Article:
functionality will continue to work at least as well as it has for functionality will continue to work at least as well as it has for
the legacy technology. New devices and services are being made the legacy technology. New devices and services are being made
available that could be used to make a request for help, which are available that could be used to make a request for help, which are
skipping to change at page 12, line 5 skipping to change at page 13, line 5
| SIP | | SIP |
| UA | | UA |
| Alice | | Alice |
+-------+ +-------+
Figure 5: Example for PSTN Interworking Figure 5: Example for PSTN Interworking
Note: This scenario is considered outside the scope of this document. Note: This scenario is considered outside the scope of this document.
The specified solution does not support this use case. The specified solution does not support this use case.
4. Specification 4. SIP PSAP Callback Indicator
[Editor's Note: The specification for a solution that meets the 4.1. General
requirements will be placed in here.]
5. Security Considerations This section defines a new header field value, called "psap-
callback", for the SIP Priority header field defined in [RFC3261].
The value is used to inform SIP entities that the request is
associated with a PSAP callback SIP session.
[Editor's Note: Instead of an abstract security description text will 4.2. Usage
be provided with the solution description.]
6. IANA Considerations SIP entities that receive the header field value within an initial
request for a SIP session can, depending on local policies, apply
PSAP callback specific procedures for the session or request.
[Editor's Note: IANA consideration text will be added once an The PSAP callback specific procedures may be applied by SIP-based
agreement on the solution has been reached. network entities and by the callee. The specific procedures taken
when receiving such a PSAP callback marked call, such as bypassing
services and barring procedures, are outside the scope of this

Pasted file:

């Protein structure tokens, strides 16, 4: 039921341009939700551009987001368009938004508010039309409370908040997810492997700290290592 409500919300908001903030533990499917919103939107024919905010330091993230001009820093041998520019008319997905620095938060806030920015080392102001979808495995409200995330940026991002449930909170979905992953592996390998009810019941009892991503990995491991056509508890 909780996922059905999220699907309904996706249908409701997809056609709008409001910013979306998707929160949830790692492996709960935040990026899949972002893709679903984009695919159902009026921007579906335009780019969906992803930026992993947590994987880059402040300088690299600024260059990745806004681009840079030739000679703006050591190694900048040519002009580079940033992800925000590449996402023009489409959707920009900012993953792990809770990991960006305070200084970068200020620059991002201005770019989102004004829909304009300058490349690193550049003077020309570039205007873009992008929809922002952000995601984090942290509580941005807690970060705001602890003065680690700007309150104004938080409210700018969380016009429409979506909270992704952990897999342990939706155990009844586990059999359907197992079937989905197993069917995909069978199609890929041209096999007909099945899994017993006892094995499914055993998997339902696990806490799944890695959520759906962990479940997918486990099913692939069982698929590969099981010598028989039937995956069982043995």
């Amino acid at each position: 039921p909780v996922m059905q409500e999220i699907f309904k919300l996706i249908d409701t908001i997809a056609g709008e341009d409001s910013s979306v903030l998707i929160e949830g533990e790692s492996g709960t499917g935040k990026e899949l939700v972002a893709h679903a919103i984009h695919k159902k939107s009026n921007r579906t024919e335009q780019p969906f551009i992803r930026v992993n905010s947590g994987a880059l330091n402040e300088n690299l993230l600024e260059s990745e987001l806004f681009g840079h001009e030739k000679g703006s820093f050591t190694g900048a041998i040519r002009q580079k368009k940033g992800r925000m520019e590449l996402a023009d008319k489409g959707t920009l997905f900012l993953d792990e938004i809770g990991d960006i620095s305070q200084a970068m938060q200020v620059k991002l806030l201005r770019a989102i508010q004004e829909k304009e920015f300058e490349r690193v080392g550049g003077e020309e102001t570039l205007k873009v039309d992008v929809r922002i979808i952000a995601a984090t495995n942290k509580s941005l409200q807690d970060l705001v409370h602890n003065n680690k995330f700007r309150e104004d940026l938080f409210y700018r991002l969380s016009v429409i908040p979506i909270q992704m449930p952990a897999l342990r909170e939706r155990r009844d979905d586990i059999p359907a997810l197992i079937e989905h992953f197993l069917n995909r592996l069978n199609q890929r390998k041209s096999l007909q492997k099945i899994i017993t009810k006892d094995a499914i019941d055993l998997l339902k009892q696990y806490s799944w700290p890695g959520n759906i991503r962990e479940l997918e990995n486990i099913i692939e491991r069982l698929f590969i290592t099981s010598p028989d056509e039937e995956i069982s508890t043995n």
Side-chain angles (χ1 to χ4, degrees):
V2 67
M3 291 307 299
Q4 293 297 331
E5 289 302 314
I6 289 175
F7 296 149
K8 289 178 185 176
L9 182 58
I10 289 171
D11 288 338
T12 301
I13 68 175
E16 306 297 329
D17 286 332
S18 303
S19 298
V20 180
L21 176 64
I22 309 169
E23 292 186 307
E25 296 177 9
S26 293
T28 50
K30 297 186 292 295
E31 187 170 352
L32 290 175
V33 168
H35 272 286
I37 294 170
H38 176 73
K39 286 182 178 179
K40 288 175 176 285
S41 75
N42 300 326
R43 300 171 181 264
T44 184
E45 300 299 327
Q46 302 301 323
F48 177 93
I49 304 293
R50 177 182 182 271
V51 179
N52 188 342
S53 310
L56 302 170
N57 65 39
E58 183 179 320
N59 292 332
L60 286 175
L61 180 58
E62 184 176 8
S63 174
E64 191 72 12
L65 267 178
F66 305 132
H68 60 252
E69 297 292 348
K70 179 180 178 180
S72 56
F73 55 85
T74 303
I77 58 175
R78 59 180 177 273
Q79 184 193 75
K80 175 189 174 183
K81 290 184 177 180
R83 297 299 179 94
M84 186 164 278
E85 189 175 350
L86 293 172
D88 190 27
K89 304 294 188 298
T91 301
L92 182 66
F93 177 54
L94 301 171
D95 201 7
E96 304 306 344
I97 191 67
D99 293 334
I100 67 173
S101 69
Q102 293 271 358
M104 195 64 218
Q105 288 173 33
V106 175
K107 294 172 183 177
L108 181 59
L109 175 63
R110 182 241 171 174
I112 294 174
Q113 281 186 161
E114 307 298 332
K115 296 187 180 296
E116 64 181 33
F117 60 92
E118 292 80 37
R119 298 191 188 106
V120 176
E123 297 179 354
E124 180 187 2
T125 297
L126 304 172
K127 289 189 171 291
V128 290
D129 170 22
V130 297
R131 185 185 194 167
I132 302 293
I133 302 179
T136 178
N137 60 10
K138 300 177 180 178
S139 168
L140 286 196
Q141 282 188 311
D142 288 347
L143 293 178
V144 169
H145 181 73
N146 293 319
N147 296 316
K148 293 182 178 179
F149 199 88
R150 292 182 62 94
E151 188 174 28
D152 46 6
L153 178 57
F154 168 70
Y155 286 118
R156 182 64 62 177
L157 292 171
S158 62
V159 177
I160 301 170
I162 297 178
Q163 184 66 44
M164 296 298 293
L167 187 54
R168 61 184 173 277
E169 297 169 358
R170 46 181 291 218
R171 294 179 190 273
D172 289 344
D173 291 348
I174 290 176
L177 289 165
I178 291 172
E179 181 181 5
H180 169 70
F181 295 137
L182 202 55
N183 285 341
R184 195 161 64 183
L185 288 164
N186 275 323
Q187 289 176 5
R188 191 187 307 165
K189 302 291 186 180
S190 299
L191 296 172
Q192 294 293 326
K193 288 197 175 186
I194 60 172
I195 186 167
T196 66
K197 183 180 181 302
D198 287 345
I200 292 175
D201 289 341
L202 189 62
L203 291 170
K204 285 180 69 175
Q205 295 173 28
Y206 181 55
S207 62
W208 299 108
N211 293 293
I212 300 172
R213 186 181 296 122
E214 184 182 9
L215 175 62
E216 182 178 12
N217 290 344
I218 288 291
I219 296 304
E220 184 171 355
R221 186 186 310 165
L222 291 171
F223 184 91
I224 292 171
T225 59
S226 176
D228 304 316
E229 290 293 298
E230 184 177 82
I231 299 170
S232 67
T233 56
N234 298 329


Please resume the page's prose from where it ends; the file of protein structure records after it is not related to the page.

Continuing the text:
document.
7. Acknowledgements 4.3. Syntax
We would like to thank members from the ECRIT working group, in 4.3.1. General
particular Brian Rosen, for their discussions around PSAP callbacks.
The working group discussed the topic of callbacks at their virtual
interim meeting in February 2010 and the following persons provided
valuable input: John Elwell, Bernard Aboba, Cullen Jennings, Keith
Drage, Marc Linsner, Roger Marshall, Dan Romascanu, Geoff Thompson,
Janet Gunn.
At IETF#81 a small group of people got to together to continue the This section defines the ABNF for the new SIP Priority header field
discussions started at the working group meeting to explore a GRUU- value "psap-callback".
based solution approach. Martin Thomson, Marc Linsner, Andrew Allen,
Brian Rosen, Martin Dolly, and Atle Monrad participated at this side-
meeting.
Finally, we would like to thank Cullen Jennings for his discussion 4.3.2. ABNF
input. He was the first to propose a "token-based" solution.
8. References priority-value /= "psap-callback"
8.1. Normative References Figure 6: ABNF
[RFC2119] Bradner, S., "Key words for use 5. Security Considerations
in RFCs to Indicate Requirement
Levels", BCP 14, RFC 2119,
March 1997.
[RFC3261] Rosenberg, J., Schulzrinne, H., 5.1. Security Threat
Camarillo, G., Johnston, A.,
Peterson, J., Sparks, R.,
Handley, M., and E. Schooler,
"SIP: Session Initiation
Protocol", RFC 3261, June 2002.
[RFC3325] Jennings, C., Peterson, J., and The PSAP callback functionality described in this document allows
M. Watson, "Private Extensions marked calls to bypass blacklists, ignore call forwarding procedures
to the Session Initiation and similar features to contact emergency callers and to raise their
Protocol (SIP) for Asserted attention. Regarding the latter aspect a callback, if understood by
Identity within Trusted the SIP UA would allow to override user interface configurations,
Networks", RFC 3325, such as vibrate-only mode, to alert the caller of the incoming call.
November 2002.
[RFC3966] Schulzrinne, H., "The tel URI 5.2. Security Requirements
for Telephone Numbers",
RFC 3966, December 2004.
[RFC3969] Camarillo, G., "The Internet The requirement is to ensure that the mechanisms described in this
Assigned Number Authority document can not be used for malicious purposes, including
(IANA) Uniform Resource telemarketing.
Identifier (URI) Parameter
Registry for the Session
Initiation Protocol (SIP)",
BCP 99, RFC 3969,
December 2004.
[RFC4474] Peterson, J. and C. Jennings, Furthermore, if the newly defined extension is not recognized, not
"Enhancements for Authenticated verified adequately, or not obeyed by SIP intermediaries or SIP
Identity Management in the endpoints then it must not lead to a failure of the call handling
Session Initiation Protocol procedure. Such call must be treated like a call that does not have
(SIP)", RFC 4474, August 2006. any marking attached.
[RFC5341] Jennings, C. and V. Gurbani, 5.3. Security Solution
"The Internet Assigned Number
Authority (IANA) tel Uniform
Resource Identifier (URI)
Parameter Registry",
September 2008.
[RFC5627] Rosenberg, J., "Obtaining and Figure 7 shows the architecture that utilizes the identity of the
Using Globally Routable User PSAP to decide whether a preferential treatment of callbacks should
Agent URIs (GRUUs) in the be provided. To make this policy decision the identity of the PSAP